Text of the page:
"Line 3 earned a negative recommendation from the Minnesota Department of Commerce, it lacks consent from impacted Indigenous communities, grassroots resistance on the ground continues to grow, and more and more financial institutions are turning their backs on tar sands projects."

The Trudeau cabinet gave the green light to both the embattled Trans Mountain pipeline project and Line 3 — the largest project in the history of Enbridge — on the same day in November 2016. And while work on Line 3 has already started on the Canadian side of the border, the regulatory agency tasked with approving construction through Minnesota had before today held off granting necessary permissions amid intense local opposition.

The state's Public Utilities Commission will issue its final ruling in June, but the PUC typically weighs an administrative law judge's opinion heavily when making a decision.

Both proponents and foes of the project expect extensive litigation before construction is completed.

Project is not out of the woods yet

"As both Kinder Morgan and [Prime Minister] Justin Trudeau are discovering, tar sands pipelines are a reputational, political and economic liability," said Hudema. "Europe's two biggest banks have now publicly refused to provide project financing for new tar sands pipelines like Line 3 and Keystone XL.

"Meanwhile, the viability of Kinder Morgan's (Trans Mountain) pipeline is teetering on the edge of collapse in the face of delays, First Nations' court challenges and public opposition. So, the question for Minnesota regulators in June is, why take on the risk when there is no future for tar sands pipelines?"

Enbridge hopes to replace the entire span of the aging Line 3 pipeline, which carries oil from a terminal near Hardisty, Alta., through northern Minnesota to Superior, Wis., where it travels on to U.S. refineries for upgrading.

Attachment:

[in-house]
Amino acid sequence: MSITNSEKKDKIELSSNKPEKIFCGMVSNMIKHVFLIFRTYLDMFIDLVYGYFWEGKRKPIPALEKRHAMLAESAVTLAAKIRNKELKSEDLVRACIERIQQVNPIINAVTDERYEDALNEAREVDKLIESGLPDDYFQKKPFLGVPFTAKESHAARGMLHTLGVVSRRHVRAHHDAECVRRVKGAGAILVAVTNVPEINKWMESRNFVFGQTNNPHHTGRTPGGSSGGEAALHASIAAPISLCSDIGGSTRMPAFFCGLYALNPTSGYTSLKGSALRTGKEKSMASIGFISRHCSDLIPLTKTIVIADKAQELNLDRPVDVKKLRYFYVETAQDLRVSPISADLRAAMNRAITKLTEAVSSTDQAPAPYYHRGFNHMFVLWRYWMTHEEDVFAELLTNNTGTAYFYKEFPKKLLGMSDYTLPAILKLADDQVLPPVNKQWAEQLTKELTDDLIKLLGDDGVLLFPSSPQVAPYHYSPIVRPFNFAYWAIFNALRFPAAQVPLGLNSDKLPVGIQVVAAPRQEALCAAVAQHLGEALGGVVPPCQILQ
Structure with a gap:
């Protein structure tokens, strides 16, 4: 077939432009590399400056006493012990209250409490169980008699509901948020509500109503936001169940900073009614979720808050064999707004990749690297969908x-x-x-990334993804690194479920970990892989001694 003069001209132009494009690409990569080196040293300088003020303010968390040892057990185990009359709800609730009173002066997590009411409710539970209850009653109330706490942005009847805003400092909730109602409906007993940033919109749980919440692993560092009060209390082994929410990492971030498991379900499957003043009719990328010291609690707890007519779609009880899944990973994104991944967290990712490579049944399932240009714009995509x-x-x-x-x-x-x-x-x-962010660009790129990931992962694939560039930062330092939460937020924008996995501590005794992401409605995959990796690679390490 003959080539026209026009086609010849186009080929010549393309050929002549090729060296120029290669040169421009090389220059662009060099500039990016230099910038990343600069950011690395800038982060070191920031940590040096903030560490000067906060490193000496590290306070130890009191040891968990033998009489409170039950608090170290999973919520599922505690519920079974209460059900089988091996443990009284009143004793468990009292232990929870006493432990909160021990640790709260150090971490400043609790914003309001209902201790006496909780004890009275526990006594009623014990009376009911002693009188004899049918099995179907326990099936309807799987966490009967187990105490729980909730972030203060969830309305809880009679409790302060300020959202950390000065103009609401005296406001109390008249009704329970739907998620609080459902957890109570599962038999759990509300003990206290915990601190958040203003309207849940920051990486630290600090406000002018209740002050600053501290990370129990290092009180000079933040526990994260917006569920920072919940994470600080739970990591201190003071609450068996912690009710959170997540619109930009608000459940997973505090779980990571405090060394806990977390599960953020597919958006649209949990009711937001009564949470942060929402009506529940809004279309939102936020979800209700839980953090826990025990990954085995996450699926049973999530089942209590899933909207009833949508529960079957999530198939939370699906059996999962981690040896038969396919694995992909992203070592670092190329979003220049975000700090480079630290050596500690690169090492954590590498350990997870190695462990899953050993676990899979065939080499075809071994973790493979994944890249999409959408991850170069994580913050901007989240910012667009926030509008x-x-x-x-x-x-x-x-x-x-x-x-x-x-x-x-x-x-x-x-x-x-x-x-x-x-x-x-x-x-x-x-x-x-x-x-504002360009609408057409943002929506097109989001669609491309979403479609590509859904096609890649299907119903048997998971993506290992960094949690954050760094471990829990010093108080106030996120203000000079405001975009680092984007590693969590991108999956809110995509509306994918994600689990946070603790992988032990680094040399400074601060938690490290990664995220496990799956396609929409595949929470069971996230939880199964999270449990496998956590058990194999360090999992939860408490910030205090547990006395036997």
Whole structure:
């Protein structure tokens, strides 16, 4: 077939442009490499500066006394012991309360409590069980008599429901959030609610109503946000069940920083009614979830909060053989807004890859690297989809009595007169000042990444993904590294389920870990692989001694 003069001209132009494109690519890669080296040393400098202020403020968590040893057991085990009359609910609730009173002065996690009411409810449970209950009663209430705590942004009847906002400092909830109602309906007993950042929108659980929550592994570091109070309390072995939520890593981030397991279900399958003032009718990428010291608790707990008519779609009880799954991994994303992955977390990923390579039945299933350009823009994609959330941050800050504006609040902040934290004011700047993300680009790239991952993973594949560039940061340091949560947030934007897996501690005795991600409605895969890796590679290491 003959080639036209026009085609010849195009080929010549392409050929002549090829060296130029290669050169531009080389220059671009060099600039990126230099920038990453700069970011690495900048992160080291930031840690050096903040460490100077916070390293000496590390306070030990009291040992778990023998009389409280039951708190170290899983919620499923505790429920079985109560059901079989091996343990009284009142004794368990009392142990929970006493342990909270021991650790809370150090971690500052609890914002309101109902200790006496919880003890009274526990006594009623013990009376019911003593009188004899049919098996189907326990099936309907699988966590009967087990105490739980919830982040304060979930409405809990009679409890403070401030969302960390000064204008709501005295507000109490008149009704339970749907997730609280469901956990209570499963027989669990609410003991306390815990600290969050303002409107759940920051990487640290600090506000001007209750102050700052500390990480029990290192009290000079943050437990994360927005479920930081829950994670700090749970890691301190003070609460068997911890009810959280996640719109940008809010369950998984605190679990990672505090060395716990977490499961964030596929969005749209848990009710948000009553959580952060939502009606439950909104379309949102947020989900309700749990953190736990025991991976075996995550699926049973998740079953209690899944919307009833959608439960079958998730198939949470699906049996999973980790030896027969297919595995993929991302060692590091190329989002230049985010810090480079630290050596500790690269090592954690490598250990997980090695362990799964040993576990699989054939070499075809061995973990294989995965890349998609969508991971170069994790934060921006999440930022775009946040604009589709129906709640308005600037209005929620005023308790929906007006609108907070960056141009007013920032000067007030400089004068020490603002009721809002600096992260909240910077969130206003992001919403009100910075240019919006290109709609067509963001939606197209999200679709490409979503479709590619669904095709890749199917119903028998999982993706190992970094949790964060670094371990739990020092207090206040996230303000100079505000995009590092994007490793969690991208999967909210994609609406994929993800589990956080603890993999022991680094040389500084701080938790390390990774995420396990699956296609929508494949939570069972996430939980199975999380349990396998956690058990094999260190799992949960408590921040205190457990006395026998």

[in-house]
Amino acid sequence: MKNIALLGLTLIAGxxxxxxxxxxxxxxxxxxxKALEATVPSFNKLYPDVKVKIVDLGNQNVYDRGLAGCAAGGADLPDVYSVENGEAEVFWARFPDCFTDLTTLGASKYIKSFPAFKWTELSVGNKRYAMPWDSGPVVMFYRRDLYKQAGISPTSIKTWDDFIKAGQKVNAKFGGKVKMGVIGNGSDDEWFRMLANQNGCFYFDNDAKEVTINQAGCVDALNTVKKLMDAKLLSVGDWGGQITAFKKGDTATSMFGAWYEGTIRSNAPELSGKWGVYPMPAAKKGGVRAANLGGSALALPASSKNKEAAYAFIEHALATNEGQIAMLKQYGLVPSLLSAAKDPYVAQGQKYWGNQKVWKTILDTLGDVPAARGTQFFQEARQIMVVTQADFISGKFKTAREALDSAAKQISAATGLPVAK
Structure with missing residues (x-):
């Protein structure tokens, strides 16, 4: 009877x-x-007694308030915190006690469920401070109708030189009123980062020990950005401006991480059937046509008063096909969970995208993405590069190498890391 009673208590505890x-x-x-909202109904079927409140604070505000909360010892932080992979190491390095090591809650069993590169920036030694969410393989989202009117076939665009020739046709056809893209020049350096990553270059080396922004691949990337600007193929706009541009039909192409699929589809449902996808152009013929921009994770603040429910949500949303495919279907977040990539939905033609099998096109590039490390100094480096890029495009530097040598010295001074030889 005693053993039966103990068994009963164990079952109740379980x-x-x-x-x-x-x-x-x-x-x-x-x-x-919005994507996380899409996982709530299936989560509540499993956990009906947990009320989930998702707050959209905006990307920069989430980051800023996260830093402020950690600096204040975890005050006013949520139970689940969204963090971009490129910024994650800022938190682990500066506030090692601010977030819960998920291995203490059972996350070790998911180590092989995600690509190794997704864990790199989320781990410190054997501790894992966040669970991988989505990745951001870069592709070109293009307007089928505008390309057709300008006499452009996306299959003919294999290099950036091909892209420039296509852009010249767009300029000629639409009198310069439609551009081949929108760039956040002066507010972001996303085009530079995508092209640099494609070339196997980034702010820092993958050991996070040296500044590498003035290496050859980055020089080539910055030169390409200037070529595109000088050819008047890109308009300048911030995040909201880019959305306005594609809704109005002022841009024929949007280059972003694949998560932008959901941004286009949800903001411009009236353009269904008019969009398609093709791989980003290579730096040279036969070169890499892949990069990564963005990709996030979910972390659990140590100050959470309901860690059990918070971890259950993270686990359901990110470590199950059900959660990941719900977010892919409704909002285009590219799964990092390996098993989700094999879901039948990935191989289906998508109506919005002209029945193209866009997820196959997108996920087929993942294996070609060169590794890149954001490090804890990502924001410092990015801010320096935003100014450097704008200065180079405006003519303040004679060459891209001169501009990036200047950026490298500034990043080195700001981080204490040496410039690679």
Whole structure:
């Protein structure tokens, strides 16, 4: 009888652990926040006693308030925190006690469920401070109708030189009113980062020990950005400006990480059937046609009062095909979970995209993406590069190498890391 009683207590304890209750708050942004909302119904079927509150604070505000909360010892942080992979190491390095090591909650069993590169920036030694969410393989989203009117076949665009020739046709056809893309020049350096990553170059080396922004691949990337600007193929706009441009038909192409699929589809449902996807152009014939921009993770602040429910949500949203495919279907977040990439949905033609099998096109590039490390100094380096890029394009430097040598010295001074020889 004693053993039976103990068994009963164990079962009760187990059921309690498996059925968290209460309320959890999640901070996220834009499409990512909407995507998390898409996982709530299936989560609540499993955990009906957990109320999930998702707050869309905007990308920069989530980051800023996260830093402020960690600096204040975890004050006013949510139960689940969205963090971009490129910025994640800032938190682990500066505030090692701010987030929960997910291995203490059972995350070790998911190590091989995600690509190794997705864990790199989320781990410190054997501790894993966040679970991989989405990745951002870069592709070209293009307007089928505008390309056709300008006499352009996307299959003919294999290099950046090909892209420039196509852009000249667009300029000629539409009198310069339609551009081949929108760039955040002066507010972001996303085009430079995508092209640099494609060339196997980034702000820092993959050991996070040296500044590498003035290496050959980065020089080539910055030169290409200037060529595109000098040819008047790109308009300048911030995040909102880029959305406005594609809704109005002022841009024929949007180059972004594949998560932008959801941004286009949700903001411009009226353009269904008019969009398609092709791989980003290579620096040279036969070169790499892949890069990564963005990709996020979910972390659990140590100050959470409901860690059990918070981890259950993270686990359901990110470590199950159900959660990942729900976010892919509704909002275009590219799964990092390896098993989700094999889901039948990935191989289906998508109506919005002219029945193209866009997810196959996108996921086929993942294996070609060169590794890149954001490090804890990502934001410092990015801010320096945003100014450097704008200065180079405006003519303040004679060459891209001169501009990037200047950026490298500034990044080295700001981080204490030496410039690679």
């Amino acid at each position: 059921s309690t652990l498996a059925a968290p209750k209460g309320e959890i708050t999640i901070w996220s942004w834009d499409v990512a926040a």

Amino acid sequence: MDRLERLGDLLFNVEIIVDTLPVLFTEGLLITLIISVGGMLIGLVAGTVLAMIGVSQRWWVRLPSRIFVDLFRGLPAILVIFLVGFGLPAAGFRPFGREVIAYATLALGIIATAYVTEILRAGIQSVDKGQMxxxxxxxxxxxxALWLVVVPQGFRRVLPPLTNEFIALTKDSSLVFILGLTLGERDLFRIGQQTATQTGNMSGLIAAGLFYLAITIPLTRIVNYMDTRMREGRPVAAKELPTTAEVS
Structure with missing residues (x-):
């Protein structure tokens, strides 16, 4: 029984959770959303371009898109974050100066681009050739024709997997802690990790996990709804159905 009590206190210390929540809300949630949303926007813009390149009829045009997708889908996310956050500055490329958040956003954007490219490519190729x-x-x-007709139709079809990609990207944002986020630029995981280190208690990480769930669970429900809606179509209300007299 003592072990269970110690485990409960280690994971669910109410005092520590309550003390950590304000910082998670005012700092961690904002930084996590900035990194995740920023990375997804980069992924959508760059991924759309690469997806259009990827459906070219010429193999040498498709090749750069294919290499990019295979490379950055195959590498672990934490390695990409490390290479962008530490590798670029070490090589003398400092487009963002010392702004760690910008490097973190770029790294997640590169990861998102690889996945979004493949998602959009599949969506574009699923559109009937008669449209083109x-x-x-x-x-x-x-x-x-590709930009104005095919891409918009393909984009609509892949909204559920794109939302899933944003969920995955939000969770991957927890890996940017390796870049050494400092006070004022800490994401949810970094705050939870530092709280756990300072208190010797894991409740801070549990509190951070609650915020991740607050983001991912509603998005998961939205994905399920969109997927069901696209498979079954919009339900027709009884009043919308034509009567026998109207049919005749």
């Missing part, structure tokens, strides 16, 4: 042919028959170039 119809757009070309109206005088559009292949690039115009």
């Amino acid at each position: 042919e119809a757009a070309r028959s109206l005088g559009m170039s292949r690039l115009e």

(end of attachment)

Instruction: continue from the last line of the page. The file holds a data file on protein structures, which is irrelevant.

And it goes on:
The $7.4-billion project would nearly double the pipeline's current volume to 760,000 barrels a day. The existing line, constructed in the 1960s, has been a source of spills in the past. The company has voluntarily dialed back capacity to address mounting maintenance issues while it pushes ahead with a replacement.

Enbridge spent $5.3 million U.S. on lobbying efforts in Minnesota last year, according to a review of lobbying records by CBC News. That figure is nearly five times more than any other interest group spent on lobby efforts in that state in the last calendar year.

Amid pricing pressure for Canadian energy goods, Enbridge's stock has sunk in recent months. Line 3 accounts for nearly a third of the company's $21-billion in planned capital spending and an outright rejection would have been financially disastrous for the company.

Despite opposition from environmentalists and some Indigenous groups in the state, a coalition of business and labour groups called Jobs for Minnesotans have been urging the PUC to sign-off on construction, saying the replacement would better protect the environment from leaks, ensure the region's energy supply and create 8,600 well-paying jobs with a total economic impact on the state of $2 billion U.S.

Source: John Paul Tasker · CBC News · Posted: Apr 23, 2018